History, Repeating Itself
Thursday, August 24, 2006; 11:56 AM
There is a popular sentiment among the Washington elite that what went wrong in the run-up to the war in Iraq has been sufficiently examined, and that it's all water under the bridge anyway.
It's popular in the White House and among Republicans for obvious reasons. But it's also remarkably popular among top Democrats and the establishment media, because they aren't all that eager to call any more attention to the fact that they were played for suckers.
There are, however, some people who believe that what led this country to launch a war of choice under false pretenses must be examined in detail -- over and over again if necessary -- until the appropriate lessons have been learned.
Otherwise, one might argue, history is doomed to repeat itself.
Enter history, stage right.
Once again, powerful neoconservative politicians who just know in their hearts that there is a terrible threat posed by a Middle Eastern country they have identified as part of the axis of evil are frustrated by the lack of conclusive evidence that would support a bellicose approach. So they are pressuring the nation's intelligence community to find facts that will support their argument.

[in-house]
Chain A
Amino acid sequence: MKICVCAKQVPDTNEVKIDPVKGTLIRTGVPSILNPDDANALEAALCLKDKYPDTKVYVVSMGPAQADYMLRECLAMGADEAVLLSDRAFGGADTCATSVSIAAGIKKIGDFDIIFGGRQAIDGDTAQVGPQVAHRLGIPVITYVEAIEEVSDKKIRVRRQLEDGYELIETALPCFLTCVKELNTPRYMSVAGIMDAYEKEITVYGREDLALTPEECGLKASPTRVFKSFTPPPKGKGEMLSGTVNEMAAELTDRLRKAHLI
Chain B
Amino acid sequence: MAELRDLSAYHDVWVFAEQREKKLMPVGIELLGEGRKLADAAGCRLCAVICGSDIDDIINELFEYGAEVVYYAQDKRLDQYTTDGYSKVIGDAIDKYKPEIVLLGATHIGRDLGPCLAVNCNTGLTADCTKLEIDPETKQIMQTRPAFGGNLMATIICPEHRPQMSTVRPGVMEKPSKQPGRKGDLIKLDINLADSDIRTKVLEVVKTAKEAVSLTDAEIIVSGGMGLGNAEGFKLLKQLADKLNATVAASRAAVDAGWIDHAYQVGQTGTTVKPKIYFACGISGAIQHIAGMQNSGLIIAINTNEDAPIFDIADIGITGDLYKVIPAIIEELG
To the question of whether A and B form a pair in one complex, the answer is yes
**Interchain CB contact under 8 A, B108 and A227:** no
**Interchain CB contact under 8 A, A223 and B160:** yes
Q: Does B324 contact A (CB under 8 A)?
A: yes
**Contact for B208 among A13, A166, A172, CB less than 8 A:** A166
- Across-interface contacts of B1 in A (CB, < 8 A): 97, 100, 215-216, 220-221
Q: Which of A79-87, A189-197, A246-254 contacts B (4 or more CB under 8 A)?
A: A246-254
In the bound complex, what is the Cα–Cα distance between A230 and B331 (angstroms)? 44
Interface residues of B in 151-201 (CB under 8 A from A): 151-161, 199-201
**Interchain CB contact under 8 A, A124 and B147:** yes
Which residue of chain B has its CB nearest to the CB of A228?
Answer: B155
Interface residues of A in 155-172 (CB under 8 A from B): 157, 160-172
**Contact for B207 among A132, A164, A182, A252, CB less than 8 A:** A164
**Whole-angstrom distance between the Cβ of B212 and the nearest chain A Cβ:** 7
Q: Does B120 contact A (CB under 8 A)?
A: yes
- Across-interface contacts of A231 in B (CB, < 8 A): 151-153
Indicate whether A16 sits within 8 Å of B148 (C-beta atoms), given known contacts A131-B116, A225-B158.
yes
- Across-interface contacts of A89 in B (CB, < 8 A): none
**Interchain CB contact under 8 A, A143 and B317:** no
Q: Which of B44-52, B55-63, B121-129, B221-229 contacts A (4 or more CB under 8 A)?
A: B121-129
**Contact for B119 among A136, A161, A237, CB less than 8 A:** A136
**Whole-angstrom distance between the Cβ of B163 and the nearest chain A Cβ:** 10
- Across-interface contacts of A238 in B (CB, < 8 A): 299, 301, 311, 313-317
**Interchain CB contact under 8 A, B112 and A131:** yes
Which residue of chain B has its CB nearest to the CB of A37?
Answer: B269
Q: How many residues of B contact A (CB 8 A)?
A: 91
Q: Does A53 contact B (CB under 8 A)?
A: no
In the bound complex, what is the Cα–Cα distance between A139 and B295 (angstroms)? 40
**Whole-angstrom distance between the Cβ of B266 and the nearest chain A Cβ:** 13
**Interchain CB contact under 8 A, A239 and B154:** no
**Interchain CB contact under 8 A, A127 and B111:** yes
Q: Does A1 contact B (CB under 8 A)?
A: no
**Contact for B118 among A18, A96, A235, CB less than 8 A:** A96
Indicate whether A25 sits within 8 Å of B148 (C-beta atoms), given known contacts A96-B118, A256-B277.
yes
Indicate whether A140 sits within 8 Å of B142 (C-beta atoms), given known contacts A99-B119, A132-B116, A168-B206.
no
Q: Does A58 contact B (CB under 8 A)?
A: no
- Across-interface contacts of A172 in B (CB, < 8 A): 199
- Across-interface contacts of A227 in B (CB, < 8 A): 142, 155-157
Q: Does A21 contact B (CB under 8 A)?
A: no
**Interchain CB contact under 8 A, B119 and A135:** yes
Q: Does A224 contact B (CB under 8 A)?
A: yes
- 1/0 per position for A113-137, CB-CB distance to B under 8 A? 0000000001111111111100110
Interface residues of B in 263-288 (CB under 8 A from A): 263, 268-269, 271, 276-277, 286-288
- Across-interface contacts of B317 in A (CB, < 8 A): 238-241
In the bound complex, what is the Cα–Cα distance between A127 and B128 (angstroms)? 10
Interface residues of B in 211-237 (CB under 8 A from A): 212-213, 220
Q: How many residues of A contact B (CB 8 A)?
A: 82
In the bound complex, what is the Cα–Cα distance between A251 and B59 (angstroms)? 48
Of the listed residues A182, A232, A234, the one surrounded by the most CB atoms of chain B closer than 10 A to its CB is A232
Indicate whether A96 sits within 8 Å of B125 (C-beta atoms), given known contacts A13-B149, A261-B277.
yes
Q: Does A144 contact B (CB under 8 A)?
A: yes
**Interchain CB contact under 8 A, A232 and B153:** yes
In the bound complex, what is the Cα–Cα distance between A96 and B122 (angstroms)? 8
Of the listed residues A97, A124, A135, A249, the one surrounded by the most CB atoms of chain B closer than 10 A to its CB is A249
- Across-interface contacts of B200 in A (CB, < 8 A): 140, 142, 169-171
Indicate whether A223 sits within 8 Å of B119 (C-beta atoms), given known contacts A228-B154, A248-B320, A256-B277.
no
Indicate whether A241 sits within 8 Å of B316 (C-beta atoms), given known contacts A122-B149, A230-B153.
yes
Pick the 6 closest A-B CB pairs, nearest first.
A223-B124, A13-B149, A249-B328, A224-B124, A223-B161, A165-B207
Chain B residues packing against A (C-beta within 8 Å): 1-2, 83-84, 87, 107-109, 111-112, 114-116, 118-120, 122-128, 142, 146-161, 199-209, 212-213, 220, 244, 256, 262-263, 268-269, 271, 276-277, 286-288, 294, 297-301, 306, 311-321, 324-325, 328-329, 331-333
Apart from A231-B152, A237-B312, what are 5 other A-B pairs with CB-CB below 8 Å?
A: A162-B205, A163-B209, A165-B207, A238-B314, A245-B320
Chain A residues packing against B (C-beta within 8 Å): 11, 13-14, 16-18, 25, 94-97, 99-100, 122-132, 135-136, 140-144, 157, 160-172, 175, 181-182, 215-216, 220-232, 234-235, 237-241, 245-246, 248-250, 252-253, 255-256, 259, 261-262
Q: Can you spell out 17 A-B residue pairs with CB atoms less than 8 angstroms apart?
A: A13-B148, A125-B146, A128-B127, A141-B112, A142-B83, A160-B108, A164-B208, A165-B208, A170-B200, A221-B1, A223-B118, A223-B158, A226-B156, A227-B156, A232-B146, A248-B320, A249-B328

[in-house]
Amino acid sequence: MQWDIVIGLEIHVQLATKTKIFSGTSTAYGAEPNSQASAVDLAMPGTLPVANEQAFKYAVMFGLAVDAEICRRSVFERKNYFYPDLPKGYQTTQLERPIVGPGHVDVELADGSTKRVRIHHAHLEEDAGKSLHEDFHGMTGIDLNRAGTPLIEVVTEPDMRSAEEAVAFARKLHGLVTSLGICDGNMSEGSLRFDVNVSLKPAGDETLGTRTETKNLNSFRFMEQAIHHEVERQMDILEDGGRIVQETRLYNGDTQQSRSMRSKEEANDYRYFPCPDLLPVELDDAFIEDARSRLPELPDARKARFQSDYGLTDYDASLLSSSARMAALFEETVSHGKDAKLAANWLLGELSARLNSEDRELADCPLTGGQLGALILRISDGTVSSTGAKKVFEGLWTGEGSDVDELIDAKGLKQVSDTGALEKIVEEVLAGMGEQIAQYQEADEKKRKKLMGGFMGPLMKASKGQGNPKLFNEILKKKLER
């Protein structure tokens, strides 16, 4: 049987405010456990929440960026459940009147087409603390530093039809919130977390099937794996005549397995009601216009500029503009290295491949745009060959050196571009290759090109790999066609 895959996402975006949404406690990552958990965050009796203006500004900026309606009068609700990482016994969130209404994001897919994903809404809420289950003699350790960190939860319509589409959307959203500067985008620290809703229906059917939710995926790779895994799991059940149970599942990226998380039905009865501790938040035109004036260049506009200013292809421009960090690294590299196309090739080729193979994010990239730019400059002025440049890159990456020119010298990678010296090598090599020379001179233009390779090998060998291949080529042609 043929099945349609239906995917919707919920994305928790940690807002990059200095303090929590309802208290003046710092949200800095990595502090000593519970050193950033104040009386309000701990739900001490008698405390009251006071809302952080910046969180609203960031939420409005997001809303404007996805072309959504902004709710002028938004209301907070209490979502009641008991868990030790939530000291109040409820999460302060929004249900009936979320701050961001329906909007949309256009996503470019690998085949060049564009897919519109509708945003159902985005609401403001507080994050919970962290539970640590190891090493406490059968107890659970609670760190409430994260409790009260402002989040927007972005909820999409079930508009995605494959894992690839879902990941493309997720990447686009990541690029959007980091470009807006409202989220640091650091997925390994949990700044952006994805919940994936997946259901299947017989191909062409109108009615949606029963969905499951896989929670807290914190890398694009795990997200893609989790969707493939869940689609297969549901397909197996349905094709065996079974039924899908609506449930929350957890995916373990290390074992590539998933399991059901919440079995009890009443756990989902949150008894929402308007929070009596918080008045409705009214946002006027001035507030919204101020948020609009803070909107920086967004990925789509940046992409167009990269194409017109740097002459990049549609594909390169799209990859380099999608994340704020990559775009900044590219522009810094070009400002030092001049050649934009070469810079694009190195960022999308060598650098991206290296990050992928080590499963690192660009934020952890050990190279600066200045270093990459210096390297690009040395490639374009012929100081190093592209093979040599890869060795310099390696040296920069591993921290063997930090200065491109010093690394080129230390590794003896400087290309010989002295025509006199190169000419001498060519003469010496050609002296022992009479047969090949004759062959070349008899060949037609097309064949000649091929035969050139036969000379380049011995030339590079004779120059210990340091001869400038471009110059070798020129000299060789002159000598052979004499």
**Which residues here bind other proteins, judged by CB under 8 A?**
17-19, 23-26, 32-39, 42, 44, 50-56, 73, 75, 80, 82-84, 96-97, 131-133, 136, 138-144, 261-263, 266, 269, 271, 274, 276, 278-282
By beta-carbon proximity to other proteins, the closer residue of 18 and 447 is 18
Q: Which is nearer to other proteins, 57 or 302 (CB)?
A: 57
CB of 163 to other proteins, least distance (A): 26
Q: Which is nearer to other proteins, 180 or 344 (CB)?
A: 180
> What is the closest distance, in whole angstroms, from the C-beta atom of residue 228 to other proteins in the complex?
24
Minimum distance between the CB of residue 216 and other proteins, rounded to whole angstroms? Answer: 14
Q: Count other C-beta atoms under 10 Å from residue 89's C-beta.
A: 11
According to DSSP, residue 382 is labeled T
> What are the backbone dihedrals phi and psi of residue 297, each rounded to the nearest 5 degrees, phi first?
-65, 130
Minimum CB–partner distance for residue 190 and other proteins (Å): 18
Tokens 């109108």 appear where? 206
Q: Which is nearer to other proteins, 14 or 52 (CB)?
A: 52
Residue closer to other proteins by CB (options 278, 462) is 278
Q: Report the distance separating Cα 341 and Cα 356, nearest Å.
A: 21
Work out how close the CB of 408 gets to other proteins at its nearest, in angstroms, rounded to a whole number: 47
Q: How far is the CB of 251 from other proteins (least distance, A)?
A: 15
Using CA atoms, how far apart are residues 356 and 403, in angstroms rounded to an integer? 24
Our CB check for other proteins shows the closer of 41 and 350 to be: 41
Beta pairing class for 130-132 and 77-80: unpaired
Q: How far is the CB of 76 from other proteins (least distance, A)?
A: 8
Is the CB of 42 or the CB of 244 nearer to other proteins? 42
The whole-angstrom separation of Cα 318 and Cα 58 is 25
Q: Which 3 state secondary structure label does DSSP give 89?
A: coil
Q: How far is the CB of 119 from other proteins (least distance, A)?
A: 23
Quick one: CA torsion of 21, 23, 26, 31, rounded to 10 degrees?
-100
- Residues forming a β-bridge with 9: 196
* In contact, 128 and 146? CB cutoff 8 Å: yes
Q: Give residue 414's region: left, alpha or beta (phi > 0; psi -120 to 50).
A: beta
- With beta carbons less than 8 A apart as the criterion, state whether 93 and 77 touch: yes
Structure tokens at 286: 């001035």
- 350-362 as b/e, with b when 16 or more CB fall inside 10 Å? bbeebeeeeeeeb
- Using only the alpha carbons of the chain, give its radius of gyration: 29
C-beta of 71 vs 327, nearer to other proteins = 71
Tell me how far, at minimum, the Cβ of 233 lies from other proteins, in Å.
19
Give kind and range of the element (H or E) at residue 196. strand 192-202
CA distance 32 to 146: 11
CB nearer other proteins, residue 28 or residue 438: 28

This time, that scenario is being played out right in front of our eyes. Maybe that will make a difference?
Mark Mazzetti writes in the New York Times: "Some senior Bush administration officials and top Republican lawmakers are voicing anger that American spy agencies have not issued more ominous warnings about the threats that they say Iran presents to the United States. . . .
"The complaints, expressed privately in recent weeks, surfaced in a Congressional report about Iran released Wednesday. They echo the tensions that divided the administration and the Central Intelligence Agency during the prelude to the war in Iraq.
"The criticisms reflect the views of some officials inside the White House and the Pentagon who advocated going to war with Iraq and now are pressing for confronting Iran directly over its nuclear program and ties to terrorism, say officials with knowledge of the debate."
Mazzetti writes that "privately some Democrats criticized the report for using innuendo and unsubstantiated assertions to inflate the threat that Iran posed to the United States. . . .
"Some veterans of the intelligence battles that preceded the Iraq war see the debate as familiar and are critical of efforts to create hard links based on murky intelligence.